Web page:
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There are many factors which have set the stage for next evolution in the Insurance-Linked Securities (ILS) market. ​The global capital markets seem to be in a state of uncertain equilibrium – exacerbated by several influences currently in play that will shape the future of the capital markets, for example, the U.S. election, implications of Brexit, the U.S. Federal Reserve raising interest rates, questions of a China slowdown, and negative rates in Europe to name but a few. Some of these uncertainties have echoed through the ILS market, contributing to a perception of reduced innovation.​As a result, we’ve seen the overly dramatic headlines that predict the death of cat bonds and wider ILS, but the reality is that we are currently in a lull of centralized innovation. Another way of thinking about it is that the people that were responsible for market development are no longer in the seats as intermediaries – many have shifted from agent to principal, others are focused on revenues closer to core mandates. The sector therefore finds itself in need of some direction to spur innovation, which will likely have to come from within.  ​If we as a market believe that capital will continue to look for attractive, risk-adjusted returns and if we believe that our capital structure can be re-invented or re-thought, then we need to make investments in that future – even when the payoff is not immediately obvious.​To do that, we start by evaluating the profile of the alternative capital investor. The first point to make is that the investors providing capital cannot be lumped into one category – no two investors are the same, and while there are trends that can be identified, we over-simplify the world by referring to what “investors want”. The second key point is that the money entering the market has entered via sophisticated and thoughtful investors – and it is here to stay. Broker reports indicate that about 20% of the global property catastrophe market now has collateral backing itAs XL Catlin’s Mike McGavick is fond of saying, we would all rather be in an industry that is attracting capital rather than one that is losing its attractiveness to capital. Therefore, we as an industry need to continue to find investors who believe in our value proposition.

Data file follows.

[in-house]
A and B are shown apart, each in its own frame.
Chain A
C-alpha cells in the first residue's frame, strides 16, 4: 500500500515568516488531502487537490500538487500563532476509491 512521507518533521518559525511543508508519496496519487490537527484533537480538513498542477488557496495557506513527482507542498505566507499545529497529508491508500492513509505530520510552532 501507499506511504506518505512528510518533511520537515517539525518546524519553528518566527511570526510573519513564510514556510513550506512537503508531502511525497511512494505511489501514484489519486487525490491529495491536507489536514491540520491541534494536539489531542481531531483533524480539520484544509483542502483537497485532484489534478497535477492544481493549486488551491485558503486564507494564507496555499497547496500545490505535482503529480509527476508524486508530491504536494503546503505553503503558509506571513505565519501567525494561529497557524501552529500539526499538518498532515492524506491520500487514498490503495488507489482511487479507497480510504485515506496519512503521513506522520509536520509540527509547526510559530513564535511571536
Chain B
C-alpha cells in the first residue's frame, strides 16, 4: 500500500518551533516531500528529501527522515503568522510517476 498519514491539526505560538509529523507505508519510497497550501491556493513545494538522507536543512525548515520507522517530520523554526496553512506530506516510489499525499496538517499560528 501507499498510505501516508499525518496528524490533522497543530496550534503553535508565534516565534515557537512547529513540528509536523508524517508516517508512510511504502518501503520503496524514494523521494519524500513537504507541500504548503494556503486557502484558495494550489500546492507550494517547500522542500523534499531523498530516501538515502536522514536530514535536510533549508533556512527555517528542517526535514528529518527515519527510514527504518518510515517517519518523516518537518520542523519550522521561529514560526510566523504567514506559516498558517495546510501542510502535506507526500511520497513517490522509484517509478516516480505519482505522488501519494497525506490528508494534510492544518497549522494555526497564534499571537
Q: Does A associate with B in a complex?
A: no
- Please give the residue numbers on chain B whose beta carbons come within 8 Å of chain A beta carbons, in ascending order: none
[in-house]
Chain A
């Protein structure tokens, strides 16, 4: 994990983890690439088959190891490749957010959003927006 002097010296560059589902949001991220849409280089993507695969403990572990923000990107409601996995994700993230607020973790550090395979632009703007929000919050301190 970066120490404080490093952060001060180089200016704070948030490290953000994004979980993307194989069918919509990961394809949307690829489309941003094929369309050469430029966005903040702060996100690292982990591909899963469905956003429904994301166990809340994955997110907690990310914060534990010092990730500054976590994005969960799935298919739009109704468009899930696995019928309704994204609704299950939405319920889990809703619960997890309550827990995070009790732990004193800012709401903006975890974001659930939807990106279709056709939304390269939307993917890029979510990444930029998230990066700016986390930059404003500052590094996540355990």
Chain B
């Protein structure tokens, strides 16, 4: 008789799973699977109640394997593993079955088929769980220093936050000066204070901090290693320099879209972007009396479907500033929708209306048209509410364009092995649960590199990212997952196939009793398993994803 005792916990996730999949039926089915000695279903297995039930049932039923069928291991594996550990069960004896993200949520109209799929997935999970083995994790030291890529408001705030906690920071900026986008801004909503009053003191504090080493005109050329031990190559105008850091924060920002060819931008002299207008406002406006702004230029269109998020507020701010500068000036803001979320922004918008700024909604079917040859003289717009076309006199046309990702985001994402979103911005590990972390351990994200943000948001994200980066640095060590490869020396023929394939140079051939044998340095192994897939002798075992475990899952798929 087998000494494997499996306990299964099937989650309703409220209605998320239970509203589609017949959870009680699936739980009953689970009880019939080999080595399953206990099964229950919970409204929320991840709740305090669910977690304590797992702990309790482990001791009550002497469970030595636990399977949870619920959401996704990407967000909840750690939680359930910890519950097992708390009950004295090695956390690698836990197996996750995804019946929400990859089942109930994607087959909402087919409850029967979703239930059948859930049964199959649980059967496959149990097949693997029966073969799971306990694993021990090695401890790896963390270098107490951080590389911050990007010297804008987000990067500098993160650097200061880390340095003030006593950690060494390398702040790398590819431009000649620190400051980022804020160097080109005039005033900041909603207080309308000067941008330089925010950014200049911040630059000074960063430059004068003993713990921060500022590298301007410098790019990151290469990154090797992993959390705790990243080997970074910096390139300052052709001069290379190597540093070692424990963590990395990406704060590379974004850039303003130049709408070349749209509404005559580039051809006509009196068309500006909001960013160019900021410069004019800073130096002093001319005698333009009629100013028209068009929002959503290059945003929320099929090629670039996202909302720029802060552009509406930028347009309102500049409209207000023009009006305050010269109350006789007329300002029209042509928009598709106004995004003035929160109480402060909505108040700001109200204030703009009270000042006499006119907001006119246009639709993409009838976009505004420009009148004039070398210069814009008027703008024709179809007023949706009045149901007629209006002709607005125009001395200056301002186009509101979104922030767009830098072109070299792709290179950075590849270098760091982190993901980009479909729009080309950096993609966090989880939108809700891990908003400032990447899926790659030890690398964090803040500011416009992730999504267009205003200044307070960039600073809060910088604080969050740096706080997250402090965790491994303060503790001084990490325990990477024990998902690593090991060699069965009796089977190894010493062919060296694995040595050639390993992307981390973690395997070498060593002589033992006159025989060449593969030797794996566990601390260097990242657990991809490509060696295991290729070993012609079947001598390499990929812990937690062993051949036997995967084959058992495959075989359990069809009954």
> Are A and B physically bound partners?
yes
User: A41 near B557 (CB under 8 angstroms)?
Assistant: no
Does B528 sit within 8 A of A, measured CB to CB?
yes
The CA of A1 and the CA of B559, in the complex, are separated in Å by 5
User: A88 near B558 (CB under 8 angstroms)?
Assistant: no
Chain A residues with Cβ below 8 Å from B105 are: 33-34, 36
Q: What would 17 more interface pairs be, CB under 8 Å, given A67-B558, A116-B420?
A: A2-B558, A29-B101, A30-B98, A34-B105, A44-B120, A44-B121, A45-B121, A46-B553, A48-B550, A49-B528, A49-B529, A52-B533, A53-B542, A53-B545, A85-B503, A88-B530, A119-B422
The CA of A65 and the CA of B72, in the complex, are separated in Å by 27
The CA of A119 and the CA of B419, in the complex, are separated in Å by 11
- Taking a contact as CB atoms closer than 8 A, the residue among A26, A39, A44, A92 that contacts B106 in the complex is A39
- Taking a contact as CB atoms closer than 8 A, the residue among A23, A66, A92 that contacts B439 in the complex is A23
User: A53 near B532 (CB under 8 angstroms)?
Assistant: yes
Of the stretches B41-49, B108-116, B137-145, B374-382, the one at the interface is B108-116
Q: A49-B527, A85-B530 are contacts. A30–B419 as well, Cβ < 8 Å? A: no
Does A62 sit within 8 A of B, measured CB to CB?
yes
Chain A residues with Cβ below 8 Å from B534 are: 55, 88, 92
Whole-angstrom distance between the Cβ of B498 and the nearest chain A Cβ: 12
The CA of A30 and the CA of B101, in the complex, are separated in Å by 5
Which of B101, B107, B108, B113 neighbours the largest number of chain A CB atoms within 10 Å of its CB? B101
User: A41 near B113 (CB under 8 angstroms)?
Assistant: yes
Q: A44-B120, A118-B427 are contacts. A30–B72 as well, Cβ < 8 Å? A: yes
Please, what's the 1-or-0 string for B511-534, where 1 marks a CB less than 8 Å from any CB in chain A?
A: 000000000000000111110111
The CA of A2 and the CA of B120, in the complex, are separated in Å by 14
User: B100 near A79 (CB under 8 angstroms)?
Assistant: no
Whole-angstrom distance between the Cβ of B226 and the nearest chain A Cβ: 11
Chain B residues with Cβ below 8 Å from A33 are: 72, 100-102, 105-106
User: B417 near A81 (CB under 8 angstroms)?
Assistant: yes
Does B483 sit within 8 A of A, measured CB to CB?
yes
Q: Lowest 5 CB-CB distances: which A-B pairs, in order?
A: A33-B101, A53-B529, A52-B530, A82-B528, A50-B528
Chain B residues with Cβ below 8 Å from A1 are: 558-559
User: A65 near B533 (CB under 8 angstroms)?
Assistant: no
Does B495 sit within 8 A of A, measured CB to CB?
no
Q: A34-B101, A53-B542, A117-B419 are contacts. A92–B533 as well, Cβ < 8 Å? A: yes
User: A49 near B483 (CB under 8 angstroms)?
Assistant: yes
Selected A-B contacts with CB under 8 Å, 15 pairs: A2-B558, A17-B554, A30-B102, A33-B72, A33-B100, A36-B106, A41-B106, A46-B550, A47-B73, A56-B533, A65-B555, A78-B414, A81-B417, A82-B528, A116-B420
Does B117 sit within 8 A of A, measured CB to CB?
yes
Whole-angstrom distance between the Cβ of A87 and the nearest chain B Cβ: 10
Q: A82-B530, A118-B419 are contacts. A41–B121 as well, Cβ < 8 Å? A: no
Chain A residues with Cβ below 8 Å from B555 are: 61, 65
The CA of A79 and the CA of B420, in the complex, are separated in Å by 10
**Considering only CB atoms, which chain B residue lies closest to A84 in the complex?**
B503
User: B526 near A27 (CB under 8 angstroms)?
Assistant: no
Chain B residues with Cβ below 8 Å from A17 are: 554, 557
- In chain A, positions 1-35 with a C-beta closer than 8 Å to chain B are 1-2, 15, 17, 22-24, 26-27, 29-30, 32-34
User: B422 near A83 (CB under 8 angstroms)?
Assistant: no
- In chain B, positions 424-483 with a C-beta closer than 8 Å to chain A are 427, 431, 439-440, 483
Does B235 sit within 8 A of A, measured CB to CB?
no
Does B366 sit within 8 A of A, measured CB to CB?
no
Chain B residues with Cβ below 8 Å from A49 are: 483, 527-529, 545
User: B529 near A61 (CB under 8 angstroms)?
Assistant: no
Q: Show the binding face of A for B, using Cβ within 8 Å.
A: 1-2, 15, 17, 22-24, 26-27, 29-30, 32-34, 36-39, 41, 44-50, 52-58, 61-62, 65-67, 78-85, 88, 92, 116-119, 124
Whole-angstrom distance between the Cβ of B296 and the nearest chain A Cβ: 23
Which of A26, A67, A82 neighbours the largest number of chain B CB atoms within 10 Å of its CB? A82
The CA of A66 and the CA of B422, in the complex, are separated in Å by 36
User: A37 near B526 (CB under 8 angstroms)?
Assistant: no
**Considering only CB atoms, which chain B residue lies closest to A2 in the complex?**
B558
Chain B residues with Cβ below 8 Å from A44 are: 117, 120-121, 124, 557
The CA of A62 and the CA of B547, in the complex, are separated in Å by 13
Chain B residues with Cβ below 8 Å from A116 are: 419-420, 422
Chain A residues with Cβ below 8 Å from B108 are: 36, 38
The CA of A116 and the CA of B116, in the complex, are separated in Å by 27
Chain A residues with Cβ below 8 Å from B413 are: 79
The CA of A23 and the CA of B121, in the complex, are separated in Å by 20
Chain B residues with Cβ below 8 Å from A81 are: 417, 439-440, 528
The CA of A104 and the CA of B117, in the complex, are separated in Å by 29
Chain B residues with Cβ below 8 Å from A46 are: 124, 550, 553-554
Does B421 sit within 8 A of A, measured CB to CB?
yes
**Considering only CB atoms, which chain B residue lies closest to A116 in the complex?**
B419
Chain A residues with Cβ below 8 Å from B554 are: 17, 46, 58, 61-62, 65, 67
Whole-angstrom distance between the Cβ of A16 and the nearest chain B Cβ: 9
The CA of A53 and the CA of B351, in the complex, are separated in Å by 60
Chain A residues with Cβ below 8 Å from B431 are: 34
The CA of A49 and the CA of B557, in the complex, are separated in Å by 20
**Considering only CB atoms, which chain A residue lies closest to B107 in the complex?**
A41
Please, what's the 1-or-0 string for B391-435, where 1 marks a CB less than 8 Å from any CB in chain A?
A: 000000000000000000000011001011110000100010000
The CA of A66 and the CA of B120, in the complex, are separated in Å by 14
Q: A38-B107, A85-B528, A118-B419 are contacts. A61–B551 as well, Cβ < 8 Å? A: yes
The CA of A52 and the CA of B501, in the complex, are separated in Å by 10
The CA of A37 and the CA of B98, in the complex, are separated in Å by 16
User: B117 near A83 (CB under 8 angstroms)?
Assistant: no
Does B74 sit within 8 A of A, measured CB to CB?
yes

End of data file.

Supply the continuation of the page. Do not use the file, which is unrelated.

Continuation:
...We created New Ocean Capital Management in 2013 to both provide product capabilities that we didn’t have in the alternative capital space...
As an example, we created New Ocean Capital Management in 2013 to both provide product capabilities that we didn’t have in the alternative capital space while building a structure which fits investor needs. A key differentiating factor for both XL Catlin and New Ocean is the structure providing market exposure to reinsurance risk and specifically access to our strengths in underwriting, distribution, brand, ratings, global infrastructure and global claims capabilities. New Ocean is the asset manager with the fiduciary responsibility for investment strategy and reporting. Its management is independent from XL Catlin, has minority third-party owners, and yet enjoys strategic benefits from it close relationship with XL Catlin.​While the defined benefit pension market will eventually start shrinking, how the $36 trillion market chooses to allocate to ILS will drive the presence of collateralized reinsurance. Having competitive structures in place to attract those high-quality investors is paramount. ​The next phase for the alternative capital sector is to decide how and where we grow. It’s fairly safe to say that the overall existing investor presence will stay in the market and should grow as the number and size of mandates grow. However, to truly expand the available capacity to alternative capital, the market needs products and offerings which can fit a broader or different investment mandate than what currently exists. We need to continue to create access points for new investors and to develop structures and products which can tap into new mandates. The insurance industry brings with it many attractive, investable characteristics – risk-adjusted return and low correlation to financial markets have driven the ILS business to date, and likely provide fertile ground for future innovation.  Understanding investor demand, mandating structure, and articulating the value we bring to the table will shape these products. ​At the moment, the tipping point for alternative capital to live up to its promise is still on the horizon, but the investment in structures and products which allow investor mandates to expand is around the corner.
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